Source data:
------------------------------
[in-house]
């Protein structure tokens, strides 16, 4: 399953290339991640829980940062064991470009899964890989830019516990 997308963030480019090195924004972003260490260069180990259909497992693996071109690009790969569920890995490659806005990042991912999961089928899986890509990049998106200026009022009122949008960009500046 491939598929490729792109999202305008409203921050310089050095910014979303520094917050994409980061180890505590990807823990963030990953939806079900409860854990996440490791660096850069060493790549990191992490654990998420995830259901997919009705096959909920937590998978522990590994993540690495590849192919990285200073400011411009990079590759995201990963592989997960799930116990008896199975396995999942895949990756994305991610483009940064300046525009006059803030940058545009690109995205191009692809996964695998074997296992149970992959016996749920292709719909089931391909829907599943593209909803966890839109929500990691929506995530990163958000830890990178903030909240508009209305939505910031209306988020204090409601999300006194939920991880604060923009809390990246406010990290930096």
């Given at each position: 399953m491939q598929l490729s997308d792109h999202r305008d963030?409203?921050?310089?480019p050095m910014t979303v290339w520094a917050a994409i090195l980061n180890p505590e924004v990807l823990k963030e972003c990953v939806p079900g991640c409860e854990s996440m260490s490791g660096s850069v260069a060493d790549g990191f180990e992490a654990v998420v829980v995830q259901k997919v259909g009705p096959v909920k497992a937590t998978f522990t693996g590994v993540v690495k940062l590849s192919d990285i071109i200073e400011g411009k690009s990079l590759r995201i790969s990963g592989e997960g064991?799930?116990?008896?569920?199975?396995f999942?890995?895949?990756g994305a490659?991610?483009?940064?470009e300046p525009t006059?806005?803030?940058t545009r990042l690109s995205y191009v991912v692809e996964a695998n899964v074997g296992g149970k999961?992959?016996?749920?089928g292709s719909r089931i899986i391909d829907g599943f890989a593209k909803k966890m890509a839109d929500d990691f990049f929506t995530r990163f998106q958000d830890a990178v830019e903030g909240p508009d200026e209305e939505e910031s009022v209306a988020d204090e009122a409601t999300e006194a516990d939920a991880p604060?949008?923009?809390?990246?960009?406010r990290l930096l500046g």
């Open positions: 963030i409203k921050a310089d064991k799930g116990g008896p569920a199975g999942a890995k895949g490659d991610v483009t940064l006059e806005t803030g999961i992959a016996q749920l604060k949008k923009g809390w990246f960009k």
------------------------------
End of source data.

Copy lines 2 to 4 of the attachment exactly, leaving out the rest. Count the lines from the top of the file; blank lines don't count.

């Protein structure tokens, strides 16, 4: 399953290339991640829980940062064991470009899964890989830019516990 997308963030480019090195924004972003260490260069180990259909497992693996071109690009790969569920890995490659806005990042991912999961089928899986890509990049998106200026009022009122949008960009500046 491939598929490729792109999202305008409203921050310089050095910014979303520094917050994409980061180890505590990807823990963030990953939806079900409860854990996440490791660096850069060493790549990191992490654990998420995830259901997919009705096959909920937590998978522990590994993540690495590849192919990285200073400011411009990079590759995201990963592989997960799930116990008896199975396995999942895949990756994305991610483009940064300046525009006059803030940058545009690109995205191009692809996964695998074997296992149970992959016996749920292709719909089931391909829907599943593209909803966890839109929500990691929506995530990163958000830890990178903030909240508009209305939505910031209306988020204090409601999300006194939920991880604060923009809390990246406010990290930096």
């Given at each position: 399953m491939q598929l490729s997308d792109h999202r305008d963030?409203?921050?310089?480019p050095m910014t979303v290339w520094a917050a994409i090195l980061n180890p505590e924004v990807l823990k963030e972003c990953v939806p079900g991640c409860e854990s996440m260490s490791g660096s850069v260069a060493d790549g990191f180990e992490a654990v998420v829980v995830q259901k997919v259909g009705p096959v909920k497992a937590t998978f522990t693996g590994v993540v690495k940062l590849s192919d990285i071109i200073e400011g411009k690009s990079l590759r995201i790969s990963g592989e997960g064991?799930?116990?008896?569920?199975?396995f999942?890995?895949?990756g994305a490659?991610?483009?940064?470009e300046p525009t006059?806005?803030?940058t545009r990042l690109s995205y191009v991912v692809e996964a695998n899964v074997g296992g149970k999961?992959?016996?749920?089928g292709s719909r089931i899986i391909d829907g599943f890989a593209k909803k966890m890509a839109d929500d990691f990049f929506t995530r990163f998106q958000d830890a990178v830019e903030g909240p508009d200026e209305e939505e910031s009022v209306a988020d204090e009122a409601t999300e006194a516990d939920a991880p604060?949008?923009?809390?990246?960009?406010r990290l930096l500046g």
């Open positions: 963030i409203k921050a310089d064991k799930g116990g008896p569920a199975g999942a890995k895949g490659d991610v483009t940064l006059e806005t803030g999961i992959a016996q749920l604060k949008k923009g809390w990246f960009k």